This page summarizes every peripheral and hardware interface/component connected to the motherboard except CPU. CPU related contents will go to the Processor page.
The traditional overview of the Hub architecture looks like this
- a traditional chip, now replaced by PCH (platform controller hub) in
- connect CPU and high-speed modules (DDR RAM and
- Intel Management Engine: firmware is based on MINIX 3
- a traditional IO chip, now replaced by PCH (platform controller hub) in intel’s chip
- connect northbridge with slow-speed modules
To connect northbridge and southbridge, we can use DMI (direct media interface) which is Intel’s proprietary link.
A bus is a shared communication link, which uses one set of wires to connect multiple subsystems. The advantages are versatility and low cost, the disadvantage is that it might create the communication bottleneck (e.g: through put)
usually short, high speed bus
lengthy, can have many types of devices connected to them, and can have a wide range in the data bandwidth.
- PCI: faster, usually used for graphics and some other higher-performance IO
- peripheral bus: slower bus (e.g: SCSI, SATA, USB) connecting slow devices (e.g: keyboard, disks, mice)
The canonical device interface looks like this, it has three registers
- status: read to see the current status of device
- command : tell the device to perform task
- data: pass/get data to/from device
Data Transfer Protocols
There are mainly three types of protocols to transfer data between CPU, memory and IO devices.
- Programmed IO (pooling) : CPU constantly monitor (polling) the status register of device, when free, write the command into the command register, and data into data register, waste of CPU when waiting long time.
- Interrupt based IO: issue the request and put the process to sleep, when device finish it, raise a hardware interrupt to wake out the process
- DMA (direct memory access): A specific device that can orchestrate transfers between devices and main memory without much CPU usage.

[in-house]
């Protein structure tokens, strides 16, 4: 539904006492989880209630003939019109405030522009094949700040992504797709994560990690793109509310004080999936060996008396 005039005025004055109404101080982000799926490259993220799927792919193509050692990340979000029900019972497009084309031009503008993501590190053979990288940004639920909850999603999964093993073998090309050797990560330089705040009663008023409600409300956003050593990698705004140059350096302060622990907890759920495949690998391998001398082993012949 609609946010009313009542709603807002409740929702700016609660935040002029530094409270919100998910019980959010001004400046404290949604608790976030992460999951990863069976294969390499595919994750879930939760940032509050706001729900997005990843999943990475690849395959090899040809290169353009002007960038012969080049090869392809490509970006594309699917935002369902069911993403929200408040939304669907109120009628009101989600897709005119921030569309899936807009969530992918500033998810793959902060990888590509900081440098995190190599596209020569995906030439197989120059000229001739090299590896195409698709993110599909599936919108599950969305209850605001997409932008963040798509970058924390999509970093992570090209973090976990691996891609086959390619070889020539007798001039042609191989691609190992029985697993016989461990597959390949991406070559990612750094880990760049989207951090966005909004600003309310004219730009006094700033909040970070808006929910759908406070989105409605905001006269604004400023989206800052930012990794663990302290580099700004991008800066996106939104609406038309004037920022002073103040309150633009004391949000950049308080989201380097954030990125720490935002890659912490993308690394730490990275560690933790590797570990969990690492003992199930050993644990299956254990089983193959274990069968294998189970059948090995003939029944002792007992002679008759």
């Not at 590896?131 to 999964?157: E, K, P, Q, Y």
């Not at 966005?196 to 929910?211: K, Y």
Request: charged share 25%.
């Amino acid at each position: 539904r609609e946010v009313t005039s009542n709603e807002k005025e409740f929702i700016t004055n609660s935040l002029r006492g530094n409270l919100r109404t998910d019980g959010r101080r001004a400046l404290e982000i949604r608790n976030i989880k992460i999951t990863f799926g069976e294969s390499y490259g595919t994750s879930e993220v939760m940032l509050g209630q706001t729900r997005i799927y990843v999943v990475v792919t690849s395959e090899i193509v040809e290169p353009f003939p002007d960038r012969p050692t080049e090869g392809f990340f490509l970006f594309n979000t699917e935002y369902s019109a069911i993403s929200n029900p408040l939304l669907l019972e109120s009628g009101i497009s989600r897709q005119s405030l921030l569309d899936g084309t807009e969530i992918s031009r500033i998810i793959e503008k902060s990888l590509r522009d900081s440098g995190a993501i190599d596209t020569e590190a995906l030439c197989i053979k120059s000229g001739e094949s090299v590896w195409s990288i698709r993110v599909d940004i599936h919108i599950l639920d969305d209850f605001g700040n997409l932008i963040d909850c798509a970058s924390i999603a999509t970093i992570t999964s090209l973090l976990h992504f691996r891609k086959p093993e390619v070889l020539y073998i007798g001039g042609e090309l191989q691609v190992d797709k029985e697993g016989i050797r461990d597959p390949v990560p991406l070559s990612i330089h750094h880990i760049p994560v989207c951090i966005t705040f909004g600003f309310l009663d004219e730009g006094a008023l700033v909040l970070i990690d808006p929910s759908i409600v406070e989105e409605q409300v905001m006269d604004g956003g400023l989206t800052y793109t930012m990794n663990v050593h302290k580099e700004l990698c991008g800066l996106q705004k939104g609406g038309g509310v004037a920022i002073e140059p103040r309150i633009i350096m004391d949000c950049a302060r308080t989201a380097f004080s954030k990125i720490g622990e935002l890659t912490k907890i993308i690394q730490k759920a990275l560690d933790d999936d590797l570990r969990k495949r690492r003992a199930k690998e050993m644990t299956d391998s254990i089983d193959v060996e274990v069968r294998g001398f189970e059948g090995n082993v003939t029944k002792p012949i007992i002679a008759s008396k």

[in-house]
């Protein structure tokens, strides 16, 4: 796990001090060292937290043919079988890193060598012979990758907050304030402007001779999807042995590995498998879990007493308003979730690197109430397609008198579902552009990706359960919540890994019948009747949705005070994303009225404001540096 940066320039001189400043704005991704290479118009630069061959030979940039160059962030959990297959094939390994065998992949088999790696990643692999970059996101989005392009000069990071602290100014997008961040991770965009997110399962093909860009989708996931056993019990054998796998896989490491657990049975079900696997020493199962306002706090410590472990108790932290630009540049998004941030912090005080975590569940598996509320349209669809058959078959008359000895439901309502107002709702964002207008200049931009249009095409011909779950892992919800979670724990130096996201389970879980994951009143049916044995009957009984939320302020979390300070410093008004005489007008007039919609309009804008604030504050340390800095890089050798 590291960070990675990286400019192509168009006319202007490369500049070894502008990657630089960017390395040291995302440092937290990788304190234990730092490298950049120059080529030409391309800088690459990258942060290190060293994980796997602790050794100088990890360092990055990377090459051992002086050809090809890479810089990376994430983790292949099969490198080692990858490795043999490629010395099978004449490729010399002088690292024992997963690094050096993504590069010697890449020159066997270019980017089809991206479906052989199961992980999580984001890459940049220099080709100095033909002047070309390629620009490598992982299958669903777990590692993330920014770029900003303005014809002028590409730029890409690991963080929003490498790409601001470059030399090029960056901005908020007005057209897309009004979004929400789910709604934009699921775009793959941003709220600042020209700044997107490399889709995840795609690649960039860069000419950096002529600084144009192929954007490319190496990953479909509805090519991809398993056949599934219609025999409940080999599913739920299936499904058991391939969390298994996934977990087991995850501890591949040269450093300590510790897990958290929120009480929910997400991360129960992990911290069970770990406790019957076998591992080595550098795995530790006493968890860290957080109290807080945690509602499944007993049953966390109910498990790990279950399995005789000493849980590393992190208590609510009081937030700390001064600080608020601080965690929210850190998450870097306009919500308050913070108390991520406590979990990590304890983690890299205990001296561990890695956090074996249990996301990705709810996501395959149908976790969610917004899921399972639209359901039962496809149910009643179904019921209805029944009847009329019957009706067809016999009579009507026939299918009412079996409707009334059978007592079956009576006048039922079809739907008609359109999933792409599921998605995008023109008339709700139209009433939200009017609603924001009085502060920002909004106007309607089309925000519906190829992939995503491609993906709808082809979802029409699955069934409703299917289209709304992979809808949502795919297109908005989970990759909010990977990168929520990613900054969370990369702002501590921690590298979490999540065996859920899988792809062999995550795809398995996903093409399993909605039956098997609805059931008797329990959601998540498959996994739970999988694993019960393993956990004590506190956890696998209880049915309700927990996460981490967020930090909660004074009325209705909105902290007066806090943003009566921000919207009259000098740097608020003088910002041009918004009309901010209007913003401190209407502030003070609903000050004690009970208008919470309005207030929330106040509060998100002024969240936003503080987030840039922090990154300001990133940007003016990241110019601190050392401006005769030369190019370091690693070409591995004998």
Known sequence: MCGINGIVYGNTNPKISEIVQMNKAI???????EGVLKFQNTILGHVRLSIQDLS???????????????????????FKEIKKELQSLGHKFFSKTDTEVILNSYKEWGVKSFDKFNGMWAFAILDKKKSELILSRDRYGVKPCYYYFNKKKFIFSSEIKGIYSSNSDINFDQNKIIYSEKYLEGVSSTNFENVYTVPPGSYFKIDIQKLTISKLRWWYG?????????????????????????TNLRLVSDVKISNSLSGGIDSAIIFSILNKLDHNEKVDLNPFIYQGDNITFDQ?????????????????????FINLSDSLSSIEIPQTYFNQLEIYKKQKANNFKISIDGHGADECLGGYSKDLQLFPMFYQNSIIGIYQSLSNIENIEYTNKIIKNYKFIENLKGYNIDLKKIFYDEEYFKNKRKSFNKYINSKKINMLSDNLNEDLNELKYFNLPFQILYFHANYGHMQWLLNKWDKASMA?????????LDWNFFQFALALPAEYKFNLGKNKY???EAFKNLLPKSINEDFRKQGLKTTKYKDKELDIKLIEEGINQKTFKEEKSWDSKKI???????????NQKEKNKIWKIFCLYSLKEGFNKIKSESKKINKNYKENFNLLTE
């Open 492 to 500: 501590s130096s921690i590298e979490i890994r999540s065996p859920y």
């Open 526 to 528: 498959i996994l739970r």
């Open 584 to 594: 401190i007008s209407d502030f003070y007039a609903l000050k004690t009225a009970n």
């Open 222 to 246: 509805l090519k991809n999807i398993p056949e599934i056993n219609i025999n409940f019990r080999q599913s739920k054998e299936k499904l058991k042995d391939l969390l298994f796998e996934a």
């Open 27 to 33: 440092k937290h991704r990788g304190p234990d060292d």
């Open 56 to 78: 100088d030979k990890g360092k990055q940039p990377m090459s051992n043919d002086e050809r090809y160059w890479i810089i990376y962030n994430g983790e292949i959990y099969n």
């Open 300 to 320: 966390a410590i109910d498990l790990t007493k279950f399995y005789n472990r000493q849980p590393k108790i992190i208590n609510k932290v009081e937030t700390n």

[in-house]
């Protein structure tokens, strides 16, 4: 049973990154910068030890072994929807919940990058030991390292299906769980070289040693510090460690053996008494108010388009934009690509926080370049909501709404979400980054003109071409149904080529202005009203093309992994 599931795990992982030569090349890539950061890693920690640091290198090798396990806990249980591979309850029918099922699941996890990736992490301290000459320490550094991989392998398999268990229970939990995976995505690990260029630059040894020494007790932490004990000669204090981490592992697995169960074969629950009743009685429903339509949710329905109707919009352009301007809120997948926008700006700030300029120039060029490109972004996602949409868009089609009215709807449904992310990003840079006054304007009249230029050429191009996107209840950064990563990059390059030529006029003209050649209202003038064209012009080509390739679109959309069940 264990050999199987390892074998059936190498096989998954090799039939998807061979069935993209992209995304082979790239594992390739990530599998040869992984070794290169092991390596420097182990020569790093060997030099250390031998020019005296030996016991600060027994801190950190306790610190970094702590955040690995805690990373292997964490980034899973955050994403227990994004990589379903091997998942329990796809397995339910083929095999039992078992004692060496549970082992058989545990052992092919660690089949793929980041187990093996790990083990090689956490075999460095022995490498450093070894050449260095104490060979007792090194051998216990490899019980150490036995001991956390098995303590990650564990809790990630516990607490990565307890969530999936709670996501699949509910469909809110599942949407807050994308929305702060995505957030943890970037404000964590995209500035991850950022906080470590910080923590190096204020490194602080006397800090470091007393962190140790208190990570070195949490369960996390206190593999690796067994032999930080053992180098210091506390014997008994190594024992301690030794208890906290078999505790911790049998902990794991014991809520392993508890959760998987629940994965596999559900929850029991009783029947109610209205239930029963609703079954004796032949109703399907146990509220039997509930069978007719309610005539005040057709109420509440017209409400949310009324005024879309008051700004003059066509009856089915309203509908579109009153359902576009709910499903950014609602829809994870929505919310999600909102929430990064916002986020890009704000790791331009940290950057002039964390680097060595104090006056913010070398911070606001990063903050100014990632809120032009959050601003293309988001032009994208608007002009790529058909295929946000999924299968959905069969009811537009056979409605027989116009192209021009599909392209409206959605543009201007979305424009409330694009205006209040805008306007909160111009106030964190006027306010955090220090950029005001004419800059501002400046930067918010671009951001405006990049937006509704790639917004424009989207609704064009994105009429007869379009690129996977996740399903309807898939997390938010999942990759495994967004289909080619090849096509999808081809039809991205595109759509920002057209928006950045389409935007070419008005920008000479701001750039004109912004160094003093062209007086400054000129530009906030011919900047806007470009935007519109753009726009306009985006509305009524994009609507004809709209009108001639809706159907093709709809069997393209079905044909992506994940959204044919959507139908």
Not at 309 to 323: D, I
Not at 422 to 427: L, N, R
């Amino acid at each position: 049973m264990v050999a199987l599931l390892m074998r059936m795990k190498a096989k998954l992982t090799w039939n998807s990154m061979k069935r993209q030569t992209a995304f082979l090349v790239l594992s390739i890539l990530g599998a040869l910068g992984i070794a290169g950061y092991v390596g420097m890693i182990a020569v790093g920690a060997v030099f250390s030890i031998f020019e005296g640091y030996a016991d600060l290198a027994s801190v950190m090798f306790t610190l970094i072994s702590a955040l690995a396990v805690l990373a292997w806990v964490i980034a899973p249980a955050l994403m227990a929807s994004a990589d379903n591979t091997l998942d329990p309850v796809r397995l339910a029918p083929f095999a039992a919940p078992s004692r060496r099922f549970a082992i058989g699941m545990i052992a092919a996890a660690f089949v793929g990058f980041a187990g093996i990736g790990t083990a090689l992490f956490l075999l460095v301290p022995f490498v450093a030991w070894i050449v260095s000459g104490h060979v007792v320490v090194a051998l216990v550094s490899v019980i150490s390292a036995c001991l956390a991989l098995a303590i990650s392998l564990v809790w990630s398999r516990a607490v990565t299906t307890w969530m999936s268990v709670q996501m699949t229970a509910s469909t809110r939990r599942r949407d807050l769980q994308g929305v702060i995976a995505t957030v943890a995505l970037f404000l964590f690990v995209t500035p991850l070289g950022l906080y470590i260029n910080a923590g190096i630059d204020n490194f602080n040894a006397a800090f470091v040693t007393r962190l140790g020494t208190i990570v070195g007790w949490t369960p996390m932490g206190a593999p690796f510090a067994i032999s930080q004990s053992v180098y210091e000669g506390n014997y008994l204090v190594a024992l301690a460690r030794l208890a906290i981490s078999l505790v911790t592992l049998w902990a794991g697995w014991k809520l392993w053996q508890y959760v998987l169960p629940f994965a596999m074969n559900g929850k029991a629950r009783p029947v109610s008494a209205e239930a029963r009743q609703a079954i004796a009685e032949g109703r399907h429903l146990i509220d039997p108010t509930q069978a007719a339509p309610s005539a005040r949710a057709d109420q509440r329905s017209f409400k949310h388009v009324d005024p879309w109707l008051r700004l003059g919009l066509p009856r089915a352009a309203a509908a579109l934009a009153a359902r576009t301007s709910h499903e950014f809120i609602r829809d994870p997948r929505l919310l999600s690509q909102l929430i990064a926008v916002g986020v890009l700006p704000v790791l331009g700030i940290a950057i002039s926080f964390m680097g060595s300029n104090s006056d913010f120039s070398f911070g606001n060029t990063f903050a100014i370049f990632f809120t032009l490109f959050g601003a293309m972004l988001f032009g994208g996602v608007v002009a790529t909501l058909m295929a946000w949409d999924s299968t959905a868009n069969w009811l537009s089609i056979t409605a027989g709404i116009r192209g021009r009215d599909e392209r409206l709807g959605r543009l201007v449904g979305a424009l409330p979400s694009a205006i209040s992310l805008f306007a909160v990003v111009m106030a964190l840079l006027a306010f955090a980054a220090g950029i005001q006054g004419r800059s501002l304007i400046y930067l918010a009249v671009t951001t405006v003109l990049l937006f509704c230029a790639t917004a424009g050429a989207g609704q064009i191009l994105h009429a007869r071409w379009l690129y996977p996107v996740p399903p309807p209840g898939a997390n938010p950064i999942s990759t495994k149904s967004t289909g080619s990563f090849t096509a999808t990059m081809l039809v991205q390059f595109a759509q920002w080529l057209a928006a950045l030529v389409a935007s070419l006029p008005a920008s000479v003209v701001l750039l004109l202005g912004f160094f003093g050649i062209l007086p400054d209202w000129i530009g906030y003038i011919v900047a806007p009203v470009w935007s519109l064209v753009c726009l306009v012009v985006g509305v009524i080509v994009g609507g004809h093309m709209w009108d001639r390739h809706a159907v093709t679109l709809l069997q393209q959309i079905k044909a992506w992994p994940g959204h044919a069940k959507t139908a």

Microprocessors usually use two methods to connect external devices:
- Port-mapped IO: use the separate address space with dedicated instruction (e.g: x86 in/out)
- Memory-mapped IO: use the same address space as main memory by map registering and ports. Access is done by normal load/store instructions. Common in RISC CPUs. Not to be confused with the memory-mapped file.
Shared Address Space Model
Any processor can load and store from any address (shared address space)
- symmetric multi-processor
- common one
- all memory access are post to the same bus
- each core has its local memory (but was also accessible form other cores)
implemented with flipflop, used for cache
implemented with capacitor, used for main memory
DRAM Bank Operation looks like
DRAM Scheduling Policies
- row hit first: prioritize apps with high row buffer locality > apps with random access
- oldest first: prioritize memory-intensive applications
- reference: 100 ns
- 1mb sequential read: 0.25 ms
- SCSI command, bus, id
- CPU->Host Bus Adaptor -> Target
- Host Bus Adaptor translate PCI bus into SCSI bus
NAND flash memory and NOR flash memory
A good video on the structure of SSD
Structure of SSD
The smallest element is the cell, depending on how many bits each cell can store (by different level), there are SLC (1 bit), MLC (2 bit), TLC (3bit) and QLC (4 bit) the SLC has the highest performance but the worst cost.
Connecting those cell vertically gives a string (or vnand), consisting of around 100 cells.
Connecting those cell horizontally gives a page, consisting of around 10k~100k cells, this is the minimum element for IO, usually 4KB.
Page are organized into blocks by the order of 32~256 pages.
- 4k random access: 0.15 ms
- 1mb sequential access: 1 ms
- SATA: 500M/sec
- PCI Express: > 1G/sec
IO can be checked with dd command in linux
- disk seek: 10 ms
- 1mb sequencial read: 20 ms
- RAID 0: striping
bandwidth is determined by generation and length (adapted to lowest one). Here is a simple video tutorial.
- double bandwidth in each generation
- generation 1: 250GB/s
- generation 2: 500GB/s
- generation 3: 1GB/s
- double bandwidth in each generation
- 1x, 2x, 4x, 8x, 16x
- 4x can fit into 8x but only half speed
FPGA provides faster hardware prototype and optimized hardware acceleration. Looks like modern FPGA is integrated with processors. But they are expensive, the price of Intel Stratix 10 looks like over 20k dollars.
- Altera (Intel): Arria 10 (used for NLU on bing) -> Stratix 10
- Xilinx: Zynq Ultrascale+
Look-Up Tables (LUT) is intended to implement arbitrary combinational logic.
- implemented by MUX and SRAM. SRAM stores the configuration memory. The input is used to select the stored memory via MUX.
- Can simulate any truth table (
e.g. :AND NOR … )
- Typically 6-LUTs
Switches can be configured to connect LUTs. It is something like bus
- Language: Verilog or VHDL
- FGPA routing is a NP-hard problem (a disadvantage of FPGA)